"This meatloaf is as pungent and zesty as a meatball, but baked in that iconic, sliceable loaf form. A combination of chilies and sage add a spicy, earthy note, and a glaze of tomato paste and olive oil elevates a traditional dish away from its ketchup roots. The pine nuts are a visual cue: this is something a little different. And it tastes great the day after."

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Easy Roast Beef

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Easy Roast Beef

* from Spark Recipes

Lean and versatile, this recipe is the little black dress of your healthy recipe arsenal. Cook this roast on a Sunday and enjoy it throughout the week. We used no salt, just pepper for a truly flavorful roast.

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Slow-Cooked Short Ribs

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Slow-Cooked Short Ribs

*from Gordon Ramsay

How can you go wrong with beef, pancetta, and red wine? Gordon Ramsay takes these short ribs and turns them into a top notch meal with only a handful of steps. It seems too easy, but the proof is in the pudding...or short ribs, in this instance. Watch the short video in this post and try it yourself!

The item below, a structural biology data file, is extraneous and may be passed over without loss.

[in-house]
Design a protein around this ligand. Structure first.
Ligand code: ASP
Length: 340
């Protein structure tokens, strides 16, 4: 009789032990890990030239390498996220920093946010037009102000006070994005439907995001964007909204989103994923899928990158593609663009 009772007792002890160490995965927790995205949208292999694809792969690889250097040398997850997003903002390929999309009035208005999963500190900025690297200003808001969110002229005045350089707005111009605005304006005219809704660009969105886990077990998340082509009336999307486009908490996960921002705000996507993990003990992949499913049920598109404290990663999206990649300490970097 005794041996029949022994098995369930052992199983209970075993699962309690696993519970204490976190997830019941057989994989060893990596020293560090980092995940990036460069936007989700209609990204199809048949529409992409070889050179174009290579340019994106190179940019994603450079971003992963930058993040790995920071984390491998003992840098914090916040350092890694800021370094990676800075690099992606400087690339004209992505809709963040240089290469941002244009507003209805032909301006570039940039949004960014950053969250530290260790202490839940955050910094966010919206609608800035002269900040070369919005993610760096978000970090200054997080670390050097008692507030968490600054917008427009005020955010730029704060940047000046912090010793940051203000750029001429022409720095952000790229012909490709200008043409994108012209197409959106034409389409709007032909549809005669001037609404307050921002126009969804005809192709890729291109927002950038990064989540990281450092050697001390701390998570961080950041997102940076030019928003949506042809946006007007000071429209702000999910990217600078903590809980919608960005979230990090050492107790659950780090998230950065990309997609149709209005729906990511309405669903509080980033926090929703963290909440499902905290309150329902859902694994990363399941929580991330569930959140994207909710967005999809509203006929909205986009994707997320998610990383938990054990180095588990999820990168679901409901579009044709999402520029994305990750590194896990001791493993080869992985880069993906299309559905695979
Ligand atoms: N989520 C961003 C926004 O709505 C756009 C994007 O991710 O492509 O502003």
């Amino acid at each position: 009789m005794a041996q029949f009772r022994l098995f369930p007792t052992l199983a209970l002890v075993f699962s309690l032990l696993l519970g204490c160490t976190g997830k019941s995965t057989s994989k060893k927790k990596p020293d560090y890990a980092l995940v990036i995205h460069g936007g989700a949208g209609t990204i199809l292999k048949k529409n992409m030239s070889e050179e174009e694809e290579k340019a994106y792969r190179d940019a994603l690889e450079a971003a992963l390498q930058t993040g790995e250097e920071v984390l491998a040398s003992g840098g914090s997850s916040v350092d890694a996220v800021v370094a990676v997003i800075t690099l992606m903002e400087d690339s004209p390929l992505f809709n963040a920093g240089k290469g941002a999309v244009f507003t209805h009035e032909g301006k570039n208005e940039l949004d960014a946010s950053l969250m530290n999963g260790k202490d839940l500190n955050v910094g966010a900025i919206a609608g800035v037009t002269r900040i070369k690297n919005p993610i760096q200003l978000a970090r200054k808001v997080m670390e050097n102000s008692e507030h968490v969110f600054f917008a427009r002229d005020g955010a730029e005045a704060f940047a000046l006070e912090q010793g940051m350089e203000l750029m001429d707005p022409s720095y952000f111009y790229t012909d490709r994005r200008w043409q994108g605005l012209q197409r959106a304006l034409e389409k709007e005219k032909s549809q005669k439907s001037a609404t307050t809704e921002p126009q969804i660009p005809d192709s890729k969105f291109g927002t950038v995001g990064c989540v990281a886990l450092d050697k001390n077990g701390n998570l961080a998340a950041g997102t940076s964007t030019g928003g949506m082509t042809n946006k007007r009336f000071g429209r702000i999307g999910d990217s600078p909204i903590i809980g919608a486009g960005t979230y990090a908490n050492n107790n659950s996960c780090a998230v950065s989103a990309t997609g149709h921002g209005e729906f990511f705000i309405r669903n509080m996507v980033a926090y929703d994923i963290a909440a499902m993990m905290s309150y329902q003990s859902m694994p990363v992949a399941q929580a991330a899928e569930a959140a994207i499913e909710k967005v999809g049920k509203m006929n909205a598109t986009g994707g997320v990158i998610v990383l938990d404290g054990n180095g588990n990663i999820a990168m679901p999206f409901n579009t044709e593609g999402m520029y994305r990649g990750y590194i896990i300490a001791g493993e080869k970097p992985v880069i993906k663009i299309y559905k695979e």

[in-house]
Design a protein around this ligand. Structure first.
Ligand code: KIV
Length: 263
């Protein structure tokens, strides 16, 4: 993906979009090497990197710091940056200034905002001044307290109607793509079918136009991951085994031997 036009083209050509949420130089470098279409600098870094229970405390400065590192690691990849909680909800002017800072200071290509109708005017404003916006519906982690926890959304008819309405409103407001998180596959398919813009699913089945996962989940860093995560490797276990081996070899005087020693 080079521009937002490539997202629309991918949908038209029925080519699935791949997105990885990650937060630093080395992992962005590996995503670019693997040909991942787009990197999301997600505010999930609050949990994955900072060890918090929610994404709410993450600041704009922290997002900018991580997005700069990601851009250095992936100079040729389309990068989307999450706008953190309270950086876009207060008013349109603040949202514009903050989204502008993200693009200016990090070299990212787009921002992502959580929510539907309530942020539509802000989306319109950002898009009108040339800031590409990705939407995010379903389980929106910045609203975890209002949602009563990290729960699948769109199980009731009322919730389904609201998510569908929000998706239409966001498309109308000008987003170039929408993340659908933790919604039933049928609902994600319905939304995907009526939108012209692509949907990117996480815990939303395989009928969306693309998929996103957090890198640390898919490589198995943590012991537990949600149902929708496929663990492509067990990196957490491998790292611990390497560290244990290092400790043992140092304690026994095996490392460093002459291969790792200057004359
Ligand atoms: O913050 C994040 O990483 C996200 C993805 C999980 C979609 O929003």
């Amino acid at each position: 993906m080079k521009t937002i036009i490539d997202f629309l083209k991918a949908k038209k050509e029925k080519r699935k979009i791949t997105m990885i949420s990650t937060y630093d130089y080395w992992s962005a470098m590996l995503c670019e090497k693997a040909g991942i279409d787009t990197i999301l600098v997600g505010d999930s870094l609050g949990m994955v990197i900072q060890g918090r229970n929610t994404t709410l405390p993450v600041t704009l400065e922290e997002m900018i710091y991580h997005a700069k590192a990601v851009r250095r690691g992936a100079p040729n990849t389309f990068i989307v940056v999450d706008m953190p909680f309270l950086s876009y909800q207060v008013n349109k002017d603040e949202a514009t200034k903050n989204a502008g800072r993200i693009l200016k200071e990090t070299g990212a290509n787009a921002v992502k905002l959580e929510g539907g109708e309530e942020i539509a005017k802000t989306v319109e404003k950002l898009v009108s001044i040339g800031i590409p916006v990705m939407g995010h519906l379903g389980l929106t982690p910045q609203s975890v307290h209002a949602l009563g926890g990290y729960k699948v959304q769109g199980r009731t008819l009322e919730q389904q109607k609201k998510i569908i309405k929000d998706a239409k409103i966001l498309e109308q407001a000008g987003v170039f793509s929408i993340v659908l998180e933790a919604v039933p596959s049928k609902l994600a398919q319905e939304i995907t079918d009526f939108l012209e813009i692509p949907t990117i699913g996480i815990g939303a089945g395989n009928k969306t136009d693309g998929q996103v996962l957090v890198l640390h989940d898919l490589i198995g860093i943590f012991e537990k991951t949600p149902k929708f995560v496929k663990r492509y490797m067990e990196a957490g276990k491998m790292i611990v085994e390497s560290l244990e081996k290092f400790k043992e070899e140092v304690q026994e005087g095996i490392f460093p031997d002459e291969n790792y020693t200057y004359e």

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Paleo Korean-style Short Ribs

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Paleo Korean-style Short Ribs

*from Nom Nom Paleo

"Inspired by a recipe in Slow Cooker Revolution from the editors at America’s Test Kitchen, I’ve made this Korean-style dish several times—and every time, it’s been easy-peasy and tasty. I simplified and Paleoized the recipe by subbing out the soy sauce with coconut aminos, the rice wine vinegar with coconut vinegar, and leaving out the tapioca. What’s cool about this recipe is that you don’t need to sear off any of the meat or carmelize any aromatics –- it’s pretty much a dump-it-in-and-forget-about-it kind of dish. That being said, when I do have the time I will char the short ribs under the broiler before throwing them in the slow cooker."